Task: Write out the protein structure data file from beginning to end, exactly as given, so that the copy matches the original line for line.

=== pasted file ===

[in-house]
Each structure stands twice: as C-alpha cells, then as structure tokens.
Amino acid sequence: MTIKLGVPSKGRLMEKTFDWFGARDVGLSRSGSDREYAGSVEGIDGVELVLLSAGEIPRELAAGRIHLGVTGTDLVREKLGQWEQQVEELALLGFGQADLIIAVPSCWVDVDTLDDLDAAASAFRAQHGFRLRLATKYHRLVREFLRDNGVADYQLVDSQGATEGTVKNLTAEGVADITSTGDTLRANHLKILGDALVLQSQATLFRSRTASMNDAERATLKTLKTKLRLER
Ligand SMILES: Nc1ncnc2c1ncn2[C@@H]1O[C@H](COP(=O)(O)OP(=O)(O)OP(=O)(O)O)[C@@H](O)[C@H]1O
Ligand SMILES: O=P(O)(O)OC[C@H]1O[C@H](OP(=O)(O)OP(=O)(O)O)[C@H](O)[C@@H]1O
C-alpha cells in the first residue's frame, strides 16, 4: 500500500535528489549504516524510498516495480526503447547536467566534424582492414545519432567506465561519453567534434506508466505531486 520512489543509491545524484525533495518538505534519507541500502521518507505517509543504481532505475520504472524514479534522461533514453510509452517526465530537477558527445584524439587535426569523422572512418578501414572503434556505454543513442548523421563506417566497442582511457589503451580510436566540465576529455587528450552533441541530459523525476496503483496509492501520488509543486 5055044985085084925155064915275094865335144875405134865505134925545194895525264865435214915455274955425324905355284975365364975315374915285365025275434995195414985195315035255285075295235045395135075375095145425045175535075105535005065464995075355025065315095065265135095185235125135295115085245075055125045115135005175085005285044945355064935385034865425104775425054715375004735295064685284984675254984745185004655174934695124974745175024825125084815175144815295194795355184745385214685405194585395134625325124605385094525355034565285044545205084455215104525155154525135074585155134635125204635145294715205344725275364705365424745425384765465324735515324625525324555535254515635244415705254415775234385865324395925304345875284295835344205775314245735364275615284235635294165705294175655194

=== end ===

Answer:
[in-house]
Each structure stands twice: as C-alpha cells, then as structure tokens.
Amino acid sequence: MTIKLGVPSKGRLMEKTFDWFGARDVGLSRSGSDREYAGSVEGIDGVELVLLSAGEIPRELAAGRIHLGVTGTDLVREKLGQWEQQVEELALLGFGQADLIIAVPSCWVDVDTLDDLDAAASAFRAQHGFRLRLATKYHRLVREFLRDNGVADYQLVDSQGATEGTVKNLTAEGVADITSTGDTLRANHLKILGDALVLQSQATLFRSRTASMNDAERATLKTLKTKLRLER
Ligand SMILES: Nc1ncnc2c1ncn2[C@@H]1O[C@H](COP(=O)(O)OP(=O)(O)OP(=O)(O)O)[C@@H](O)[C@H]1O
Ligand SMILES: O=P(O)(O)OC[C@H]1O[C@H](OP(=O)(O)OP(=O)(O)O)[C@H](O)[C@@H]1O
C-alpha cells in the first residue's frame, strides 16, 4: 500500500535528489549504516524510498516495480526503447547536467566534424582492414545519432567506465561519453567534434506508466505531486 520512489543509491545524484525533495518538505534519507541500502521518507505517509543504481532505475520504472524514479534522461533514453510509452517526465530537477558527445584524439587535426569523422572512418578501414572503434556505454543513442548523421563506417566497442582511457589503451580510436566540465576529455587528450552533441541530459523525476496503483496509492501520488509543486 5055044985085084925155064915275094865335144875405134865505134925545194895525264865435214915455274955425324905355284975365364975315374915285365025275434995195414985195315035255285075295235045395135075375095145425045175535075105535005065464995075355025065315095065265135095185235125135295115085245075055125045115135005175085005285044945355064935385034865425104775425054715375004735295064685284984675254984745185004655174934695124974745175024825125084815175144815295194795355184745385214685405194585395134625325124605385094525355034565285044545205084455215104525155154525135074585155134635125204635145294715205344725275364705365424745425384765465324735515324625525324555535254515635244415705254415775234385865324395925304345875284295835344205775314245735364275615284235635294165705294175655194